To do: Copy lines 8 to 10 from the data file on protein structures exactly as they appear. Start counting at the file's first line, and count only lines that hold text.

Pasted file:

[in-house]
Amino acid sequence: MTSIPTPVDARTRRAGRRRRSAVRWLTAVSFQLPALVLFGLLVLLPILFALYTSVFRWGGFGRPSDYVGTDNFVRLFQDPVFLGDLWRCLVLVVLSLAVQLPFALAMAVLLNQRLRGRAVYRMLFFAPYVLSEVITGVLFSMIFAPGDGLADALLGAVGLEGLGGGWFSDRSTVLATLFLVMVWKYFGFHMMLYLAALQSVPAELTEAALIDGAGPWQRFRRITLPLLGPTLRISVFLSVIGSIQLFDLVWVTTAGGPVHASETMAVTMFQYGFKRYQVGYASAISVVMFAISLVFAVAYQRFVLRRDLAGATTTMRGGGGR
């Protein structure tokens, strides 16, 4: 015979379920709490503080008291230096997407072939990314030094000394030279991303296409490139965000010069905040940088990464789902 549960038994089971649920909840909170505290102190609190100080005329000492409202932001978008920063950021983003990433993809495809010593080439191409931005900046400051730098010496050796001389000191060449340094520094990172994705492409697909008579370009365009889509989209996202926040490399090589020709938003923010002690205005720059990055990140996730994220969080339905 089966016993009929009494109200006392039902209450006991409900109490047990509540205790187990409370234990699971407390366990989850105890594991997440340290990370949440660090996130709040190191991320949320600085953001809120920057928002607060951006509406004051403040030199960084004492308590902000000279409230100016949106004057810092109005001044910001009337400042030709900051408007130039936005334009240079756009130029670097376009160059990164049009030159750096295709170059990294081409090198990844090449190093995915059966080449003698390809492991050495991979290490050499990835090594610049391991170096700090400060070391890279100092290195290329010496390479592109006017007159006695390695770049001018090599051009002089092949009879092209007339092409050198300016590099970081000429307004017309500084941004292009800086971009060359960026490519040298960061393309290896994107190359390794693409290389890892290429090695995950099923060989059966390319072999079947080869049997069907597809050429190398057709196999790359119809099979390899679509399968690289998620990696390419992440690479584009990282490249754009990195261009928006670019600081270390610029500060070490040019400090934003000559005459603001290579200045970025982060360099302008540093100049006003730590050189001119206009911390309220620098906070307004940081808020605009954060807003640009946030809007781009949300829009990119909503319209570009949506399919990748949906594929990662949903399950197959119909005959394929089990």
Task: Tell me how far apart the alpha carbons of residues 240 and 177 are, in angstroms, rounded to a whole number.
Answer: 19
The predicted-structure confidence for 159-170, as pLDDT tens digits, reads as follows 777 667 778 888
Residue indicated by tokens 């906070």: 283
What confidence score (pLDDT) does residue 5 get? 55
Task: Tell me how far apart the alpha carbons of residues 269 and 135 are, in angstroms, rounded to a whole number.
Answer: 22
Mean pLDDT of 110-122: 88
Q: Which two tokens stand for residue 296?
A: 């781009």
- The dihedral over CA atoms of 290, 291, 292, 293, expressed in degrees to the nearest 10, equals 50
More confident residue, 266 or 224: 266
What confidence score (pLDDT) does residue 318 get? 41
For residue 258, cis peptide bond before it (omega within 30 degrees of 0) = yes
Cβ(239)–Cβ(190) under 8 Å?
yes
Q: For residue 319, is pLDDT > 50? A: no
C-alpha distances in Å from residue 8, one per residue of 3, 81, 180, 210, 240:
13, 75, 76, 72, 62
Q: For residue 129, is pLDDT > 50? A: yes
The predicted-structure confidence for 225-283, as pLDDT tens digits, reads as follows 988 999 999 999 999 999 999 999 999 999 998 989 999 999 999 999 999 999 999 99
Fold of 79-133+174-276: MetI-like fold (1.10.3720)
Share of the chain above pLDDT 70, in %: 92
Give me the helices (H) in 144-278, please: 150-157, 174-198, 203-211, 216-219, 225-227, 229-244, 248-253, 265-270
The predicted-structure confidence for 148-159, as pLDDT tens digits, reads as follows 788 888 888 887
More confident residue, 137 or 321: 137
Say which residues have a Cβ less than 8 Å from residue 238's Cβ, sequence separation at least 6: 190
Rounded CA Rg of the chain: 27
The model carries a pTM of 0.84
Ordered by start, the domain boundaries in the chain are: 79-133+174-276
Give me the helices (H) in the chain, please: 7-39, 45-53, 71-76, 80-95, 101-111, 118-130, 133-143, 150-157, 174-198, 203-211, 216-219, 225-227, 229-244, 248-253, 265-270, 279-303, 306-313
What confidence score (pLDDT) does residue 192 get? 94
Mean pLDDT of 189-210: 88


What confidence score (pLDDT) does residue 5 get? 55
Task: Tell me how far apart the alpha carbons of residues 269 and 135 are, in angstroms, rounded to a whole number.
Answer: 22